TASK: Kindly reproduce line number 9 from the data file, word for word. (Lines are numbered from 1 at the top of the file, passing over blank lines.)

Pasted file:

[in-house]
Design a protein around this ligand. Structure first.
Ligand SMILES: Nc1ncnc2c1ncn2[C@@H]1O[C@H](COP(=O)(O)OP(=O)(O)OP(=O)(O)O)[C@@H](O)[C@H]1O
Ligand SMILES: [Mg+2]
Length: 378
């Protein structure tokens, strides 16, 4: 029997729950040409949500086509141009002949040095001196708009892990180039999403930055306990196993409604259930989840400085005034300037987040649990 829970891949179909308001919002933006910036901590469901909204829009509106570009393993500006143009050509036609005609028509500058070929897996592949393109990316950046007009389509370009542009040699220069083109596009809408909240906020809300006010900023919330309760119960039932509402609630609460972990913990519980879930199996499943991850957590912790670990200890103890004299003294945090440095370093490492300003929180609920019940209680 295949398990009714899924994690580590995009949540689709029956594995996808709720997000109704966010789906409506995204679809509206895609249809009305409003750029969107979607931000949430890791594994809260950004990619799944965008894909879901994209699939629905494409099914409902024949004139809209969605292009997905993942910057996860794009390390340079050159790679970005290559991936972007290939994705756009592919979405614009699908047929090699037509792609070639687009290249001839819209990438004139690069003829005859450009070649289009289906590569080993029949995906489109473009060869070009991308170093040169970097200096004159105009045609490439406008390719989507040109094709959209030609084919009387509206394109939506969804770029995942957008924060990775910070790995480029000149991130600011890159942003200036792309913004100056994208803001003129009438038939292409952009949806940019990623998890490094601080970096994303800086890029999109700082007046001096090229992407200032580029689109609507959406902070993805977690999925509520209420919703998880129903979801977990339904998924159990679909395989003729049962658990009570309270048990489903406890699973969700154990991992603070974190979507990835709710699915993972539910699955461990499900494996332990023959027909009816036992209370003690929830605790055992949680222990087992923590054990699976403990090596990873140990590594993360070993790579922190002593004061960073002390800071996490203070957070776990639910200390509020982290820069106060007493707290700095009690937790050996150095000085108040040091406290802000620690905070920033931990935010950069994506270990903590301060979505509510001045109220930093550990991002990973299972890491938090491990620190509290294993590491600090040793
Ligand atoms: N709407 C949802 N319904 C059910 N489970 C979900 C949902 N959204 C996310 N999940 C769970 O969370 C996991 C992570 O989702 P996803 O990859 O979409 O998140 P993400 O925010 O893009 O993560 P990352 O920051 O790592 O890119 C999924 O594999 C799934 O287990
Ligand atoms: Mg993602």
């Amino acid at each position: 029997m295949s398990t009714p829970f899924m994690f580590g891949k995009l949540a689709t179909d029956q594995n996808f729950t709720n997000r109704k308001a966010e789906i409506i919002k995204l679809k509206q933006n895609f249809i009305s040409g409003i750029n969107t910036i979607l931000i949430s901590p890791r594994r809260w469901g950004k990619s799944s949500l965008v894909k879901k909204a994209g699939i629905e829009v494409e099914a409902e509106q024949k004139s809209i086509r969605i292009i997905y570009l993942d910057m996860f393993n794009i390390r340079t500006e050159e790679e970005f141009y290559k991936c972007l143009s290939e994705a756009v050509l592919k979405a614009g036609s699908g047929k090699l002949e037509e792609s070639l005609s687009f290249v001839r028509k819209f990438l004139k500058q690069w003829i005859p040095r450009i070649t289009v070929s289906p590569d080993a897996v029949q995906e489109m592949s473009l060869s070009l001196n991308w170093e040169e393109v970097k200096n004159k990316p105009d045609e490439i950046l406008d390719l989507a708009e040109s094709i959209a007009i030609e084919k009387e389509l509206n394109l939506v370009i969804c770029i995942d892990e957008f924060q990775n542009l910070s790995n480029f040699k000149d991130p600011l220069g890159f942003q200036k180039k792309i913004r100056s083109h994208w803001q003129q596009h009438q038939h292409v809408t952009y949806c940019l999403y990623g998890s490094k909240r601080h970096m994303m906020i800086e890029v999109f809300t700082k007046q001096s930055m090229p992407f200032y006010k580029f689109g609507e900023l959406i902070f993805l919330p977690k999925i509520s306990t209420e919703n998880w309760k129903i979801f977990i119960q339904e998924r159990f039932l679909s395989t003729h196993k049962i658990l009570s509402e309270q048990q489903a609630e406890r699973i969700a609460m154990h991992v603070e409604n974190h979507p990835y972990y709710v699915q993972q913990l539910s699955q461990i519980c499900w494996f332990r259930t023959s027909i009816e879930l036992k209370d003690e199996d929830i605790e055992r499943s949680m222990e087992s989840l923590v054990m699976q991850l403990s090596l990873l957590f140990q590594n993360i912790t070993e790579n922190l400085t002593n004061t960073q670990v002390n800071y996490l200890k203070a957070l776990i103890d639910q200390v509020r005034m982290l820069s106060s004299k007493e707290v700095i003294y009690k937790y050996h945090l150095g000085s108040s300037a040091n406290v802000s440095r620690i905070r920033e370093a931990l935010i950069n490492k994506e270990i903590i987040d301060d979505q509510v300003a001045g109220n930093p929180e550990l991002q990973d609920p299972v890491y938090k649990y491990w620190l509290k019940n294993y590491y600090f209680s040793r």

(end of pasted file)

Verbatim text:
């Amino acid at each position: 029997m295949s398990t009714p829970f899924m994690f580590g891949k995009l949540a689709t179909d029956q594995n996808f729950t709720n997000r109704k308001a966010e789906i409506i919002k995204l679809k509206q933006n895609f249809i009305s040409g409003i750029n969107t910036i979607l931000i949430s901590p890791r594994r809260w469901g950004k990619s799944s949500l965008v894909k879901k909204a994209g699939i629905e829009v494409e099914a409902e509106q024949k004139s809209i086509r969605i292009i997905y570009l993942d910057m996860f393993n794009i390390r340079t500006e050159e790679e970005f141009y290559k991936c972007l143009s290939e994705a756009v050509l592919k979405a614009g036609s699908g047929k090699l002949e037509e792609s070639l005609s687009f290249v001839r028509k819209f990438l004139k500058q690069w003829i005859p040095r450009i070649t289009v070929s289906p590569d080993a897996v029949q995906e489109m592949s473009l060869s070009l001196n991308w170093e040169e393109v970097k200096n004159k990316p105009d045609e490439i950046l406008d390719l989507a708009e040109s094709i959209a007009i030609e084919k009387e389509l509206n394109l939506v370009i969804c770029i995942d892990e957008f924060q990775n542009l910070s790995n480029f040699k000149d991130p600011l220069g890159f942003q200036k180039k792309i913004r100056s083109h994208w803001q003129q596009h009438q038939h292409v809408t952009y949806c940019l999403y990623g998890s490094k909240r601080h970096m994303m906020i800086e890029v999109f809300t700082k007046q001096s930055m090229p992407f200032y006010k580029f689109g609507e900023l959406i902070f993805l919330p977690k999925i509520s306990t209420e919703n998880w309760k129903i979801f977990i119960q339904e998924r159990f039932l679909s395989t003729h196993k049962i658990l009570s509402e309270q048990q489903a609630e406890r699973i969700a609460m154990h991992v603070e409604n974190h979507p990835y972990y709710v699915q993972q913990l539910s699955q461990i519980c499900w494996f332990r259930t023959s027909i009816e879930l036992k209370d003690e199996d929830i605790e055992r499943s949680m222990e087992s989840l923590v054990m699976q991850l403990s090596l990873l957590f140990q590594n993360i912790t070993e790579n922190l400085t002593n004061t960073q670990v002390n800071y996490l200890k203070a957070l776990i103890d639910q200390v509020r005034m982290l820069s106060s004299k007493e707290v700095i003294y009690k937790y050996h945090l150095g000085s108040s300037a040091n406290v802000s440095r620690i905070r920033e370093a931990l935010i950069n490492k994506e270990i903590i987040d301060d979505q509510v300003a001045g109220n930093p929180e550990l991002q990973d609920p299972v890491y938090k649990y491990w620190l509290k019940n294993y590491y600090f209680s040793r």